The Oxford-Cambridge life sciences arc already contributes a significant amount to the UK’s economy. Research from Bidwells shows that, in 2019, it’s estimated the arc contributed £111 billion to the country’s GDP.
However, there is potential for significant growth in the life sciences sector in this region of the country, particularly following the Covid-19 pandemic.
The organisation’s research predicted that the Oxford-Cambridge arc has the potential to contribute nearly 11 per cent of the UK’s Gross Value Added (GVA) by 2050, which would be a marked increase over the six per cent in GVA it currently produces.
A lack of suitable lab and office space has been identified as one of the factors that has slowed growth within life science organisations in recent years, as well as lower levels of investment due to the uncertainty caused by Brexit.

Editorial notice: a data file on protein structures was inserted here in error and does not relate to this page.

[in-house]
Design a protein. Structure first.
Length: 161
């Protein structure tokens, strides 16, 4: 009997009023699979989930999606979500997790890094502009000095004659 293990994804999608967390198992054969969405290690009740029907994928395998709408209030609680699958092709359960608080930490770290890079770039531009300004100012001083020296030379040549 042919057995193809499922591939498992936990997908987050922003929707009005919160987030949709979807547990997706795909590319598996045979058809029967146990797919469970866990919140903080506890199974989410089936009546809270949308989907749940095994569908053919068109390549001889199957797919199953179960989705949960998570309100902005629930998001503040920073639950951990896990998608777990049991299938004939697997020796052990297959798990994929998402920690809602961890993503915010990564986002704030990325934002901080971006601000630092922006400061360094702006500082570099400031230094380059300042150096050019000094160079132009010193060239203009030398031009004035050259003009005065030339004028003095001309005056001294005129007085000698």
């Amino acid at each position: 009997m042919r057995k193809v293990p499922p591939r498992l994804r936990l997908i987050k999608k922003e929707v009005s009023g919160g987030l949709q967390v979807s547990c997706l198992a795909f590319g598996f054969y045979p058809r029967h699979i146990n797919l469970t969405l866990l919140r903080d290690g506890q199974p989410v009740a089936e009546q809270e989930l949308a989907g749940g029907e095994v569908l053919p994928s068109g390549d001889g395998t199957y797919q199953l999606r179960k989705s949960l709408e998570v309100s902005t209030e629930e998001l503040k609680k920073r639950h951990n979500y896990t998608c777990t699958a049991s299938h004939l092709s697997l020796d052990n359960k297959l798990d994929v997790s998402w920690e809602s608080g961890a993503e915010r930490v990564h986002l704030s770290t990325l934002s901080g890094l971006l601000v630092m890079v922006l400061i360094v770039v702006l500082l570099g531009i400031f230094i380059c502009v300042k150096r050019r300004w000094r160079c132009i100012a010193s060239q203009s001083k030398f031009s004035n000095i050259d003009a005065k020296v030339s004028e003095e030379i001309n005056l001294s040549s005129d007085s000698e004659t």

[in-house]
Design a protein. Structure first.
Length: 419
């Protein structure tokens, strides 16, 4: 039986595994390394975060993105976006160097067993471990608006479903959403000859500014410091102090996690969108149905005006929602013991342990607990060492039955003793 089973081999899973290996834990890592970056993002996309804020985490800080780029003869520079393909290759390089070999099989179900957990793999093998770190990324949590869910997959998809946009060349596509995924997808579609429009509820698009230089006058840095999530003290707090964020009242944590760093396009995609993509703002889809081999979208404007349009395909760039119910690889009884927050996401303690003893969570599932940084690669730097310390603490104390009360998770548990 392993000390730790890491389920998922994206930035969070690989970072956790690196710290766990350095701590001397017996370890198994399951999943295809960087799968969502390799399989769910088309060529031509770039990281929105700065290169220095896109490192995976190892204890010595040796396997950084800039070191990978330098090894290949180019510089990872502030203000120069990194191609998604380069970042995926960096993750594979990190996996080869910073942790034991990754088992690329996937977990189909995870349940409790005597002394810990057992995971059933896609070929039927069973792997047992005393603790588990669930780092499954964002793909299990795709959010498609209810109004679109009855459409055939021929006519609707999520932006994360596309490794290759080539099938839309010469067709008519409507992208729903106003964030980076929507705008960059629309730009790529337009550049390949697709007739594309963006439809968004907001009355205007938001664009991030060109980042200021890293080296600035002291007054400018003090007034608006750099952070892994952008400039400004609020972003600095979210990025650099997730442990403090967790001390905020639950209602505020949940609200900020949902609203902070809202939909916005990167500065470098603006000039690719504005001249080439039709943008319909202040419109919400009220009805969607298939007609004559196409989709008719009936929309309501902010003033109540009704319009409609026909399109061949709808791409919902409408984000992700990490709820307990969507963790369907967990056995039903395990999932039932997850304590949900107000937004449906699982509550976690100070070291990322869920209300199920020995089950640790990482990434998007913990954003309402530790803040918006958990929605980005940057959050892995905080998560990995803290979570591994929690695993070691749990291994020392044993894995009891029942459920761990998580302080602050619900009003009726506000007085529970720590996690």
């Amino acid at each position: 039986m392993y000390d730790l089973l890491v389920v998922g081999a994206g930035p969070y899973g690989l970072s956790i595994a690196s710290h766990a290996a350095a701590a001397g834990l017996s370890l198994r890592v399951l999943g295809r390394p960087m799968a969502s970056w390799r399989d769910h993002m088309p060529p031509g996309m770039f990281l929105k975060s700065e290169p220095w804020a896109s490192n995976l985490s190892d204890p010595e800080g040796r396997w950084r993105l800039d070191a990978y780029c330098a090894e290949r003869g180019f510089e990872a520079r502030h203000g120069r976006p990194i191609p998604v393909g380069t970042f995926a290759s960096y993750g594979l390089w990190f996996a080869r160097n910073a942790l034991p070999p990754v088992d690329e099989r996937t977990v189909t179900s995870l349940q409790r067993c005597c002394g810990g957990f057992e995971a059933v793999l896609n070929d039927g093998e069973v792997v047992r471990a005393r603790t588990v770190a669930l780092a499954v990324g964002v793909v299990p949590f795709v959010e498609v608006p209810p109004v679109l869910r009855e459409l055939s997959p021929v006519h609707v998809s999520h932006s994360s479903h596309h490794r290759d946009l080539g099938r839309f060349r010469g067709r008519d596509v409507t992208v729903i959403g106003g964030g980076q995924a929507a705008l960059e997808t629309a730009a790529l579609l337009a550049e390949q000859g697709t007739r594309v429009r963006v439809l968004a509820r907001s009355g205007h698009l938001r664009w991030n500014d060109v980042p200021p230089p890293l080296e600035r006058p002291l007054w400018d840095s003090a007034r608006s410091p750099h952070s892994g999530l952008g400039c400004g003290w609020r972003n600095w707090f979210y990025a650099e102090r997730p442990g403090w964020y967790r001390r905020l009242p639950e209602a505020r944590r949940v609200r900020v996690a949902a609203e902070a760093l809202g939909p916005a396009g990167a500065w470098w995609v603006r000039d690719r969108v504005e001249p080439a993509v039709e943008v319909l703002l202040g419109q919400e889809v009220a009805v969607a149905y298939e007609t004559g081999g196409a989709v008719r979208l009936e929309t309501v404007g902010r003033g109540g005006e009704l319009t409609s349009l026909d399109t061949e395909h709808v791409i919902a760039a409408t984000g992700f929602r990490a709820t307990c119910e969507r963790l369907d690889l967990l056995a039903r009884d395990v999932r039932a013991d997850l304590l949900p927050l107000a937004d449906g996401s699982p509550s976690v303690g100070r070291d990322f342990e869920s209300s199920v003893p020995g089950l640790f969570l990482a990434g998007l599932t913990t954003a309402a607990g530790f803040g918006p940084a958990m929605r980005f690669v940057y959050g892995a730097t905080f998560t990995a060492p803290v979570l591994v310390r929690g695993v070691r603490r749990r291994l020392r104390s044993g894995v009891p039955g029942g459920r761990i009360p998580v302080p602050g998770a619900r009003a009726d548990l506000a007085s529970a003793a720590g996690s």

But the Covid-19 pandemic has highlighted the importance of both the research that’s undertaken and this hub both within the UK and on a global scale. As a result, the report suggested that there needs to be “a strategic approach to transport infrastructure, housing and education across the arc as a whole”.
It also noted that one of the reasons why so many R&D firms have chosen to base themselves in the region has been recruitment, with two-thirds of such companies citing the ease of recruiting and retaining staff as one of the main considerations when deciding where to be located.
The Covid-19 pandemic has also highlighted the need for greater collaboration between organisations. In April, the UK rolled out the world’s biggest trial of possible Covid-19 treatments, with 132 hospitals across the country recruiting more than 1,000 patients to participate in the trial.
If you need assistance to fill life science vacancies, get in touch with us to find out more about our services.